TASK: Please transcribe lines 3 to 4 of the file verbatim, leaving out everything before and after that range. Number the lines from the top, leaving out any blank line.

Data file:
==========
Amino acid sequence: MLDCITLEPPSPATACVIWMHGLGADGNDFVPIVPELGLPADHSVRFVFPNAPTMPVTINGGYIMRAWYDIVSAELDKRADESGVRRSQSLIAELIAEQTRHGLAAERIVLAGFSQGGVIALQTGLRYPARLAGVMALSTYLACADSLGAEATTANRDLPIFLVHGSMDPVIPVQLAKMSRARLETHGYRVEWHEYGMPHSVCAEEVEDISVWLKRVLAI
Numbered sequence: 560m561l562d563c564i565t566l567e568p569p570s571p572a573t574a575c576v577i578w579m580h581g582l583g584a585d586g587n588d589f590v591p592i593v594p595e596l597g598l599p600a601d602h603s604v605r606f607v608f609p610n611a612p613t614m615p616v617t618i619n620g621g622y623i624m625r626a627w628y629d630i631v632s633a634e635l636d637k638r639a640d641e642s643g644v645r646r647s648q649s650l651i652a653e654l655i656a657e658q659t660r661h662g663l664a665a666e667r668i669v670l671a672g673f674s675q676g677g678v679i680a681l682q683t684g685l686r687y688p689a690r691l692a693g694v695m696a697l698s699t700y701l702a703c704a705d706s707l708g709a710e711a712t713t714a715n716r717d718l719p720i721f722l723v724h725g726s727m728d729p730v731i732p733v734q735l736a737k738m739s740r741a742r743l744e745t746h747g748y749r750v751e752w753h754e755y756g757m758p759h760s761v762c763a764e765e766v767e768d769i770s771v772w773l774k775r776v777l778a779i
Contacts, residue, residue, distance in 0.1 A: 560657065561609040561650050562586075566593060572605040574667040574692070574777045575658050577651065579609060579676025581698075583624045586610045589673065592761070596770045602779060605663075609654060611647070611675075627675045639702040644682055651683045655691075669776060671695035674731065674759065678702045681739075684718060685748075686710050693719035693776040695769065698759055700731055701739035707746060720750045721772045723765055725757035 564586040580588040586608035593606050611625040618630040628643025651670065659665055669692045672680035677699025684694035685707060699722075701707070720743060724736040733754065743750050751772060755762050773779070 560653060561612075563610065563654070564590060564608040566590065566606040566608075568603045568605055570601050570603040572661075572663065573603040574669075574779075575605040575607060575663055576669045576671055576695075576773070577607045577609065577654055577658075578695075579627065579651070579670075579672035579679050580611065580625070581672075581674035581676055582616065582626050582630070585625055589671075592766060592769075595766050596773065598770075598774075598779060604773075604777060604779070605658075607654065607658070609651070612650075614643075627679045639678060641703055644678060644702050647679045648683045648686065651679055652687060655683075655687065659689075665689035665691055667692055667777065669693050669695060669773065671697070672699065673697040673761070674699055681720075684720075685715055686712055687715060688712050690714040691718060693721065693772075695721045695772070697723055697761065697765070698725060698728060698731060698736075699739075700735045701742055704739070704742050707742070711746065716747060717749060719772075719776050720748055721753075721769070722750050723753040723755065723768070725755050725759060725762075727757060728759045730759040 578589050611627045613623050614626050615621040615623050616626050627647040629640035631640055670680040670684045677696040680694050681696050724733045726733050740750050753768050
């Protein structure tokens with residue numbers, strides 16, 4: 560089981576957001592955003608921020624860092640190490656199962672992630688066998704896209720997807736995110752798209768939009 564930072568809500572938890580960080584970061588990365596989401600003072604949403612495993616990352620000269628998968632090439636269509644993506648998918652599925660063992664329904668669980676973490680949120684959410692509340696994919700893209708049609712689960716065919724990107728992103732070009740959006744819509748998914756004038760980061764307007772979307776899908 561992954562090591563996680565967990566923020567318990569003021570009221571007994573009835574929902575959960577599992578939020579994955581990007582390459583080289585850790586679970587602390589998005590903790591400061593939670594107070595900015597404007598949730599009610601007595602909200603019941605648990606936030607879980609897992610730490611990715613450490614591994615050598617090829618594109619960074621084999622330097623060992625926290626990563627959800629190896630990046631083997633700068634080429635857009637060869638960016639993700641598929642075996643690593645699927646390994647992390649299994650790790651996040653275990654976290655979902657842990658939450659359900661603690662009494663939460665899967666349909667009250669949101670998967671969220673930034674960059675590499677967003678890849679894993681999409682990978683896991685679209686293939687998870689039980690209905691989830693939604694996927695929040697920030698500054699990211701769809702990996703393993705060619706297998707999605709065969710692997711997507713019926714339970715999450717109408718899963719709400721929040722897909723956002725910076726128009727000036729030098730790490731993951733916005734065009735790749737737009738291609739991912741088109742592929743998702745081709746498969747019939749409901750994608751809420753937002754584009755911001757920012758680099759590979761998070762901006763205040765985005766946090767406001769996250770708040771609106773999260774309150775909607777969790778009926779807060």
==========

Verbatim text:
Contacts, residue, residue, distance in 0.1 A: 560657065561609040561650050562586075566593060572605040574667040574692070574777045575658050577651065579609060579676025581698075583624045586610045589673065592761070596770045602779060605663075609654060611647070611675075627675045639702040644682055651683045655691075669776060671695035674731065674759065678702045681739075684718060685748075686710050693719035693776040695769065698759055700731055701739035707746060720750045721772045723765055725757035 564586040580588040586608035593606050611625040618630040628643025651670065659665055669692045672680035677699025684694035685707060699722075701707070720743060724736040733754065743750050751772060755762050773779070 560653060561612075563610065563654070564590060564608040566590065566606040566608075568603045568605055570601050570603040572661075572663065573603040574669075574779075575605040575607060575663055576669045576671055576695075576773070577607045577609065577654055577658075578695075579627065579651070579670075579672035579679050580611065580625070581672075581674035581676055582616065582626050582630070585625055589671075592766060592769075595766050596773065598770075598774075598779060604773075604777060604779070605658075607654065607658070609651070612650075614643075627679045639678060641703055644678060644702050647679045648683045648686065651679055652687060655683075655687065659689075665689035665691055667692055667777065669693050669695060669773065671697070672699065673697040673761070674699055681720075684720075685715055686712055687715060688712050690714040691718060693721065693772075695721045695772070697723055697761065697765070698725060698728060698731060698736075699739075700735045701742055704739070704742050707742070711746065716747060717749060719772075719776050720748055721753075721769070722750050723753040723755065723768070725755050725759060725762075727757060728759045730759040 578589050611627045613623050614626050615621040615623050616626050627647040629640035631640055670680040670684045677696040680694050681696050724733045726733050740750050753768050
């Protein structure tokens with residue numbers, strides 16, 4: 560089981576957001592955003608921020624860092640190490656199962672992630688066998704896209720997807736995110752798209768939009 564930072568809500572938890580960080584970061588990365596989401600003072604949403612495993616990352620000269628998968632090439636269509644993506648998918652599925660063992664329904668669980676973490680949120684959410692509340696994919700893209708049609712689960716065919724990107728992103732070009740959006744819509748998914756004038760980061764307007772979307776899908 561992954562090591563996680565967990566923020567318990569003021570009221571007994573009835574929902575959960577599992578939020579994955581990007582390459583080289585850790586679970587602390589998005590903790591400061593939670594107070595900015597404007598949730599009610601007595602909200603019941605648990606936030607879980609897992610730490611990715613450490614591994615050598617090829618594109619960074621084999622330097623060992625926290626990563627959800629190896630990046631083997633700068634080429635857009637060869638960016639993700641598929642075996643690593645699927646390994647992390649299994650790790651996040653275990654976290655979902657842990658939450659359900661603690662009494663939460665899967666349909667009250669949101670998967671969220673930034674960059675590499677967003678890849679894993681999409682990978683896991685679209686293939687998870689039980690209905691989830693939604694996927695929040697920030698500054699990211701769809702990996703393993705060619706297998707999605709065969710692997711997507713019926714339970715999450717109408718899963719709400721929040722897909723956002725910076726128009727000036729030098730790490731993951733916005734065009735790749737737009738291609739991912741088109742592929743998702745081709746498969747019939749409901750994608751809420753937002754584009755911001757920012758680099759590979761998070762901006763205040765985005766946090767406001769996250770708040771609106773999260774309150775909607777969790778009926779807060």